Jan 172013
 

One of the very last Hebrew poets of Spain, before Hebrew culture in Iberia was eradicated during the, y’know, unpleasantness. I have chosen it because it is a tajnis, and thus short enough to translate in the brief window the last of this left-over root canal Vicodin has me feeling more or less like a human being. Soon enough, it will be back to alternately shivering uncontrollably and soaking through my sheets with sweat, and being unable to swallow. I’m so happy to be alive. Every day holds wonderful new surprises.

The Key Word in this tajnis is tzir, which can mean “envoy,” “intense pain” or “hinge/axis.” Also “sauce” and “contraction” (as in childbirth). It’s a handy word.

Vidal Benveniste (15th century)
O Shapely Girl

O shapely girl, my thoughts have so desired you
  That as an envoy to your mercy they’ve sent this poem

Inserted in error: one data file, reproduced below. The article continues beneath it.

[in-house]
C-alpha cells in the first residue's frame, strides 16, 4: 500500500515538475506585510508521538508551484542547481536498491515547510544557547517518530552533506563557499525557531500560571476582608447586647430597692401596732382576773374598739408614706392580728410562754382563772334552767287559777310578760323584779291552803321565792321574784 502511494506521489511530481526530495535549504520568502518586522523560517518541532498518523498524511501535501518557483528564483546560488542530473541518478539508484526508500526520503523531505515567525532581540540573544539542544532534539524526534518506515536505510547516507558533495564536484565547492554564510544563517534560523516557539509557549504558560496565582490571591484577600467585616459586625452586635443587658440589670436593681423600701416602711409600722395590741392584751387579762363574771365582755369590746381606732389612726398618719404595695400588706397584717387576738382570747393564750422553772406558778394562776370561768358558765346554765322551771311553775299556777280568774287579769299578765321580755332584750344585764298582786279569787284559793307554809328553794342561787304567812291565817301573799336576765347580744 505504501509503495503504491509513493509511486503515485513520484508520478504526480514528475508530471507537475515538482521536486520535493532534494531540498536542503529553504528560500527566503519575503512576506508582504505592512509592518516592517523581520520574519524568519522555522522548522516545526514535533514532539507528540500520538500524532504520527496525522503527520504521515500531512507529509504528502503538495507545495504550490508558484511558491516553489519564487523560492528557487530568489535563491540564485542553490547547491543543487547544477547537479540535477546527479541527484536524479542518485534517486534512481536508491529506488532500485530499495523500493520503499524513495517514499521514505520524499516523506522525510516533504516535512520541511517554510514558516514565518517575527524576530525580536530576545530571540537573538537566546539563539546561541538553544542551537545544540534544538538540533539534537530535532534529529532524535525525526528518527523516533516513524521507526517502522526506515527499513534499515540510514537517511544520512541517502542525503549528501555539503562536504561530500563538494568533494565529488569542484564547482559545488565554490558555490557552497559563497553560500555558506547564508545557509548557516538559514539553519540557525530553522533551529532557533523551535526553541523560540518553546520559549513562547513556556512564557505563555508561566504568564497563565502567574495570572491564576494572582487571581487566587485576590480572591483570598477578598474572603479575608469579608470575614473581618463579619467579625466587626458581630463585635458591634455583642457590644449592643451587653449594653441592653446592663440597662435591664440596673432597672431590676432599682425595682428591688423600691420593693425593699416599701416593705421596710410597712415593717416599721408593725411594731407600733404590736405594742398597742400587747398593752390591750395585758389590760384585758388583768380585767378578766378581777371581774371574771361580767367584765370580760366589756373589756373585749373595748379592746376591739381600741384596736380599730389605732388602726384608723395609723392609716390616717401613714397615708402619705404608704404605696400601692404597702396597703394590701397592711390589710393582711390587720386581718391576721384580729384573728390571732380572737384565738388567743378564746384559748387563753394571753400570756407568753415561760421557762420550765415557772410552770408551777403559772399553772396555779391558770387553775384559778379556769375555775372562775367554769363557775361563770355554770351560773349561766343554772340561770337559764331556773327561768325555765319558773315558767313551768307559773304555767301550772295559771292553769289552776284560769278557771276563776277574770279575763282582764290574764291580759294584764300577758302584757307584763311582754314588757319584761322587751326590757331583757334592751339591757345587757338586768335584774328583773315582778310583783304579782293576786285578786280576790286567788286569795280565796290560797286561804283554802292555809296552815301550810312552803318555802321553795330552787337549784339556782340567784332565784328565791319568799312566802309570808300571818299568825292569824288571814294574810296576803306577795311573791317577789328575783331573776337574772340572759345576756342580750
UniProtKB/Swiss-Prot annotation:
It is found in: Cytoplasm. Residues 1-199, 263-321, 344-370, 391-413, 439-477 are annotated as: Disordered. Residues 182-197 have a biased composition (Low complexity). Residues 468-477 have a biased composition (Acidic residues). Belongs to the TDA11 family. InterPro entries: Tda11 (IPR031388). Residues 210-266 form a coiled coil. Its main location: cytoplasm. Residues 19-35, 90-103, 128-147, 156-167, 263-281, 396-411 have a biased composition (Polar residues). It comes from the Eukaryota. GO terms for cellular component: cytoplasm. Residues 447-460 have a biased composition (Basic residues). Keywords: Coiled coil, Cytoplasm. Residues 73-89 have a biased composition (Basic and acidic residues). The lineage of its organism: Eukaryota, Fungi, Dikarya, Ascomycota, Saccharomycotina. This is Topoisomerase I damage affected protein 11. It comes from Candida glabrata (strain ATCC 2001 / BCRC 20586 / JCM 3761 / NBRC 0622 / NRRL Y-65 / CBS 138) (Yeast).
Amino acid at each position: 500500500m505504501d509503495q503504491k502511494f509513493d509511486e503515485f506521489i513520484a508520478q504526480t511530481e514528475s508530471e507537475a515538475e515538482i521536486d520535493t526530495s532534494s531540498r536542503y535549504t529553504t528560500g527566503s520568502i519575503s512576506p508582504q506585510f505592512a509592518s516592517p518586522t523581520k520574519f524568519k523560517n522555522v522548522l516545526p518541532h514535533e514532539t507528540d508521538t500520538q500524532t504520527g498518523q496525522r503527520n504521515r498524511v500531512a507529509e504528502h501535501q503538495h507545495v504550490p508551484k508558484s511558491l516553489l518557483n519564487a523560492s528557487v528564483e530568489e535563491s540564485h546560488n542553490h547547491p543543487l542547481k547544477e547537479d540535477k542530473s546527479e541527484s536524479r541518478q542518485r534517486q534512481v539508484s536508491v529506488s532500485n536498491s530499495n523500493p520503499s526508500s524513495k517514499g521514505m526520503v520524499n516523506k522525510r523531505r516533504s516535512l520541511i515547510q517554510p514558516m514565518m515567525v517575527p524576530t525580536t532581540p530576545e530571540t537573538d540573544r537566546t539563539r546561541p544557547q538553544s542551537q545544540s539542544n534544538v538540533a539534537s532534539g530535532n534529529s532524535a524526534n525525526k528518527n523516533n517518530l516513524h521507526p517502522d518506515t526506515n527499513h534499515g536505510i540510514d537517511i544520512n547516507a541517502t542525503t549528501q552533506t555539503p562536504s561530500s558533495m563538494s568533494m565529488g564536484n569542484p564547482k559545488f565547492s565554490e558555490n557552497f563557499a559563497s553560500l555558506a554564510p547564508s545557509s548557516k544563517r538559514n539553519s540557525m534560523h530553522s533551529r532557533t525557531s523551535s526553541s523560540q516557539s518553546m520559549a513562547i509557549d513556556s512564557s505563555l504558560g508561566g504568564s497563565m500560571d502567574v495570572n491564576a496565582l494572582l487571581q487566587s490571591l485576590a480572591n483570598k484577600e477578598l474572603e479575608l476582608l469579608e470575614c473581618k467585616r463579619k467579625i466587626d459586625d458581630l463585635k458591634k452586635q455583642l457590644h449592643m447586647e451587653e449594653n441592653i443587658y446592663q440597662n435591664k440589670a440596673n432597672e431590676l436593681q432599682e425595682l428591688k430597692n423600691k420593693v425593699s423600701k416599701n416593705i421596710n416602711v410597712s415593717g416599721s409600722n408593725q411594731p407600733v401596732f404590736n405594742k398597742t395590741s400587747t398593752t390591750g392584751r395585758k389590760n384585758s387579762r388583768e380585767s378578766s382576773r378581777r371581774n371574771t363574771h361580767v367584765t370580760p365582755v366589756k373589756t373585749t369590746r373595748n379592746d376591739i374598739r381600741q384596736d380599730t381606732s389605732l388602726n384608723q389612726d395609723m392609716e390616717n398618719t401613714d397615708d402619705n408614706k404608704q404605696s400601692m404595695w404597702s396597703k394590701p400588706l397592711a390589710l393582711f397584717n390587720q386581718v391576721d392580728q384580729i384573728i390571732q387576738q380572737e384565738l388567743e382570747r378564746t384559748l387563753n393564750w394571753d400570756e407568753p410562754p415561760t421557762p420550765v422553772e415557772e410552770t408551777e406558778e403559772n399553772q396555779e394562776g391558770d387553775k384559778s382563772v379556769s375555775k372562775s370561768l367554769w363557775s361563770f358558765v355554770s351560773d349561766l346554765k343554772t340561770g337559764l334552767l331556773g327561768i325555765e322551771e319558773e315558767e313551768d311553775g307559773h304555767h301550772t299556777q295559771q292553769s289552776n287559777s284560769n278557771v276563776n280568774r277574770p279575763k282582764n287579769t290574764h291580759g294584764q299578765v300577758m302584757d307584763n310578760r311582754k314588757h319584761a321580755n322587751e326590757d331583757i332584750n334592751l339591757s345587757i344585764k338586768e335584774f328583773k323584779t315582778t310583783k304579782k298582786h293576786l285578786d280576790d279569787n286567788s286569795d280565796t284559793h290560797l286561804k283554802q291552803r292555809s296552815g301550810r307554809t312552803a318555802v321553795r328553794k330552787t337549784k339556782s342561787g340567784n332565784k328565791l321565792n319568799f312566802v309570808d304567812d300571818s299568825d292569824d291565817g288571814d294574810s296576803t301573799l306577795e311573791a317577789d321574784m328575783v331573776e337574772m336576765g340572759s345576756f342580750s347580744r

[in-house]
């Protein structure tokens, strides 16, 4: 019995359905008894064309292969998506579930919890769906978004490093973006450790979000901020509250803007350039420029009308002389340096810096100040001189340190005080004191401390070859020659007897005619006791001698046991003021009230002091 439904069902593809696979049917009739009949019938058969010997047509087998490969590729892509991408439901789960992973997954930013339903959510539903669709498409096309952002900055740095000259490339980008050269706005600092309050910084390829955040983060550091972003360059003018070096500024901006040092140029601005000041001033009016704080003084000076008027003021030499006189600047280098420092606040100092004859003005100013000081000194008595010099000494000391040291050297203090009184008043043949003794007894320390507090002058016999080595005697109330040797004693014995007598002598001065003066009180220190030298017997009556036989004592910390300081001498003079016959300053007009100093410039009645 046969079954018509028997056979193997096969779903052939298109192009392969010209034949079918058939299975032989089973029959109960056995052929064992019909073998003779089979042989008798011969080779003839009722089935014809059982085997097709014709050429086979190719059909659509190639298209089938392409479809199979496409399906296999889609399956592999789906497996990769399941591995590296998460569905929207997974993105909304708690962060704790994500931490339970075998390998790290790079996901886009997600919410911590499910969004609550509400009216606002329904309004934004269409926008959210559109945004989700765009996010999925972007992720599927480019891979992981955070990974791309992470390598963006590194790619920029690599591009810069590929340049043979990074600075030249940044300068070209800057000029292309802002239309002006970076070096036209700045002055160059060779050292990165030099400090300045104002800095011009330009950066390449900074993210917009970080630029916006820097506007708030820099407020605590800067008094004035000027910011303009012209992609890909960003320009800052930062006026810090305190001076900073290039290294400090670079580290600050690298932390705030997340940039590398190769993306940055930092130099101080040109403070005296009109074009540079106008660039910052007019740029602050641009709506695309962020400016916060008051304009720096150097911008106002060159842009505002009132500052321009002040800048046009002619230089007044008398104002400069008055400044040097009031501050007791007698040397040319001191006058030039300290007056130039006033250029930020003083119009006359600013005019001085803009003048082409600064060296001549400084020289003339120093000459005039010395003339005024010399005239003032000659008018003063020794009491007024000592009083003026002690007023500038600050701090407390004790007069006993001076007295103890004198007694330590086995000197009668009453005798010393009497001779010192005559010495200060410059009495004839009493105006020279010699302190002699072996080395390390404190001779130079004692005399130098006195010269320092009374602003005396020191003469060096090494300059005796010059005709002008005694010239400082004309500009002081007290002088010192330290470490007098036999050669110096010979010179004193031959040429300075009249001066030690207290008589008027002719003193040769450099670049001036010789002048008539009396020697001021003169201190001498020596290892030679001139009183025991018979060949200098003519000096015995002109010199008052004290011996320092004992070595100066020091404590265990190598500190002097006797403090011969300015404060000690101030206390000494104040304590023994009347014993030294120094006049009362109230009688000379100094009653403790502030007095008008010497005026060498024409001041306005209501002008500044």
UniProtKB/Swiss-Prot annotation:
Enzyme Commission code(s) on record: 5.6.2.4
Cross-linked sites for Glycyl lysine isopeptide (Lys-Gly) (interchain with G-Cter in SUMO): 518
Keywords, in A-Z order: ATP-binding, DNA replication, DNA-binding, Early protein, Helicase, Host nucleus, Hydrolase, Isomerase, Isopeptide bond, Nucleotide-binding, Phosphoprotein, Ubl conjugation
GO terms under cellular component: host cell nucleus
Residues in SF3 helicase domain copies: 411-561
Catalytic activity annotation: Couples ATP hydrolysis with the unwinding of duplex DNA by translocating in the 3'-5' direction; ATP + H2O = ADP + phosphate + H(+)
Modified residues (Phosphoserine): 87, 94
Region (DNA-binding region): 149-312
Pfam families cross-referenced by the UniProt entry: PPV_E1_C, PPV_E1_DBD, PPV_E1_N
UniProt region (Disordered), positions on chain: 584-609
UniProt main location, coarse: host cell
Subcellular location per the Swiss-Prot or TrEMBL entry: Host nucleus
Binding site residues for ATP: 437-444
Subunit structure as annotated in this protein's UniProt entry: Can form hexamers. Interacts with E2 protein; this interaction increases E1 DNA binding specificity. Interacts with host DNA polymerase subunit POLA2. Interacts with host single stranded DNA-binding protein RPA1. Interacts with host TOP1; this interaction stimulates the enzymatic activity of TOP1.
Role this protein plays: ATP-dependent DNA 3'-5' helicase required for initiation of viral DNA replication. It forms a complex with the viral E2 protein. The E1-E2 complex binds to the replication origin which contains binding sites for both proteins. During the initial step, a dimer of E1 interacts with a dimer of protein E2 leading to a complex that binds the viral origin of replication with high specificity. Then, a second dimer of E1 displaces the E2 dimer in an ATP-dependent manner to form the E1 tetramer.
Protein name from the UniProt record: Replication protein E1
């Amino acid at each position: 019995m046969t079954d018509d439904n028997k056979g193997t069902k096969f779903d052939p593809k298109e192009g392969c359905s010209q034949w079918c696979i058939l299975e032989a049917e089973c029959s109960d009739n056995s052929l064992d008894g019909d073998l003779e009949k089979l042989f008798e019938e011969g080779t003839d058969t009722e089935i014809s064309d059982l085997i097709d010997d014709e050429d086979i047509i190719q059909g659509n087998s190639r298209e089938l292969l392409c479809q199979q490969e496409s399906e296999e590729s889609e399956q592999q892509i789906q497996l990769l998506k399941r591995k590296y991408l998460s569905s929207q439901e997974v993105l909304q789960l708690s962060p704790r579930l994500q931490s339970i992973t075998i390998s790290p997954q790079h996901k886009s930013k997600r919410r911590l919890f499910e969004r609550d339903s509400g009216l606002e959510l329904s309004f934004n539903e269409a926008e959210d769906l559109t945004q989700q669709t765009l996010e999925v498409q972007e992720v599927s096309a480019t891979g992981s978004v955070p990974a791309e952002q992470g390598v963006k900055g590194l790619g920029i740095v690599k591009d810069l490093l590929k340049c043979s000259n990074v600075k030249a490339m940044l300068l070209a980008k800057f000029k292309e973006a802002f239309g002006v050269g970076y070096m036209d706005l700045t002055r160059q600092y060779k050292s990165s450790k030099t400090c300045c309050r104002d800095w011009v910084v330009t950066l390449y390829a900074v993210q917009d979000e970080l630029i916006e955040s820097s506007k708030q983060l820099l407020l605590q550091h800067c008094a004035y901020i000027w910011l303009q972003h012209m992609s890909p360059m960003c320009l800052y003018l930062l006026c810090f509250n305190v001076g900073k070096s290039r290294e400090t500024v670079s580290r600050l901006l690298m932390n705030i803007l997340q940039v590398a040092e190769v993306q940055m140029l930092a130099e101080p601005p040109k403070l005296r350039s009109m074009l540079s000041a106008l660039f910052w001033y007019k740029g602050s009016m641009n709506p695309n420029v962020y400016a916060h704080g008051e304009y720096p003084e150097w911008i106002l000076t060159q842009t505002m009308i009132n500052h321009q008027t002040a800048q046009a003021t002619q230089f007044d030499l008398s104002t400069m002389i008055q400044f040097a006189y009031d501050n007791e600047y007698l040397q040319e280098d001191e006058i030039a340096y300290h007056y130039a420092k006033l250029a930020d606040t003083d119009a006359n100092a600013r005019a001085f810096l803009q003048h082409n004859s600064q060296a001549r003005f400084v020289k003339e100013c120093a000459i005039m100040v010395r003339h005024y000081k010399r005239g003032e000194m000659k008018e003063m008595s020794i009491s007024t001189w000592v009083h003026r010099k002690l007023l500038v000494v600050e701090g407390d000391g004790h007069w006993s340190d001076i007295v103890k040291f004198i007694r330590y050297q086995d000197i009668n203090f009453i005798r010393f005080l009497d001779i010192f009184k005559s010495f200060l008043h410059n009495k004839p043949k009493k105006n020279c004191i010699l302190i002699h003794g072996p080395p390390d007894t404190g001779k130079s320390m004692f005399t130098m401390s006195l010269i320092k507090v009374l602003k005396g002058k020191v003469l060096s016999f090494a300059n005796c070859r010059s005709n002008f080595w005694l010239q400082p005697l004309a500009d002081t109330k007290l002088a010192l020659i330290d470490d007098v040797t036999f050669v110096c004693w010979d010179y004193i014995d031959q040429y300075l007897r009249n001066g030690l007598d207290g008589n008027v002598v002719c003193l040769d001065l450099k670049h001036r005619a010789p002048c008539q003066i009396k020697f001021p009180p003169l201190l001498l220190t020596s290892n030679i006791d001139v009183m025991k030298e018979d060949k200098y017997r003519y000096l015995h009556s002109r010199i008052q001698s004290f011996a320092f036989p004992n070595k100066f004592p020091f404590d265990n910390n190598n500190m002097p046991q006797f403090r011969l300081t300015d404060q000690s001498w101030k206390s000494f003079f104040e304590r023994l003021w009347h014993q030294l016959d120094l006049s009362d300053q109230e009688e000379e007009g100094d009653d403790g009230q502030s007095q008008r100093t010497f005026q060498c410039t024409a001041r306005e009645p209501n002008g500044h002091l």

So it might let you know how great their pain has grown
  How your grace and beauty seized them with distress
The torment of your parting encompasses their heart
  Like the turning of a door upon a hinge.

וידאל בנבנשת
יפת תואר

 
יְפַת תֹּאַר שְׂעִפַּי חָשְׁקוּ בָךְ / וְשִׁירָם זֶה לְחַסְדֵּךְ שָׁלְחוּ צִיר
לְהַגִּיד לָךְ אֲשֶׁר גָּדַל כְּאֵבָם / וְעַל חִנֵּךְ וְיָפְיֵךְ יֹאחֲזֵם צִיר
וְצִיר נוּדֵךְ עֲלֵי לִבָּם יְסֹבֵב / כְּמוֹ דֶּלֶת אֲשֶׁר תִּסֹּב עֲלֵי צִיר
י

Transliteration/תעתיק:

Yefát tó’ar seʕipái ḥashkú vakh / ve-shirám zeh le-ḥasdéikh shalḥú tzir
Lehagíd lakh ‘ashér gadál ke’eivám / ve-ʕál ḥinéikh ve-yofyéikh yoḥazéim tzir
Ve-tzír nudéikh ʕaléi libám yesovéiv / kemó délet ‘ashér tisóv ʕaléi tzir.

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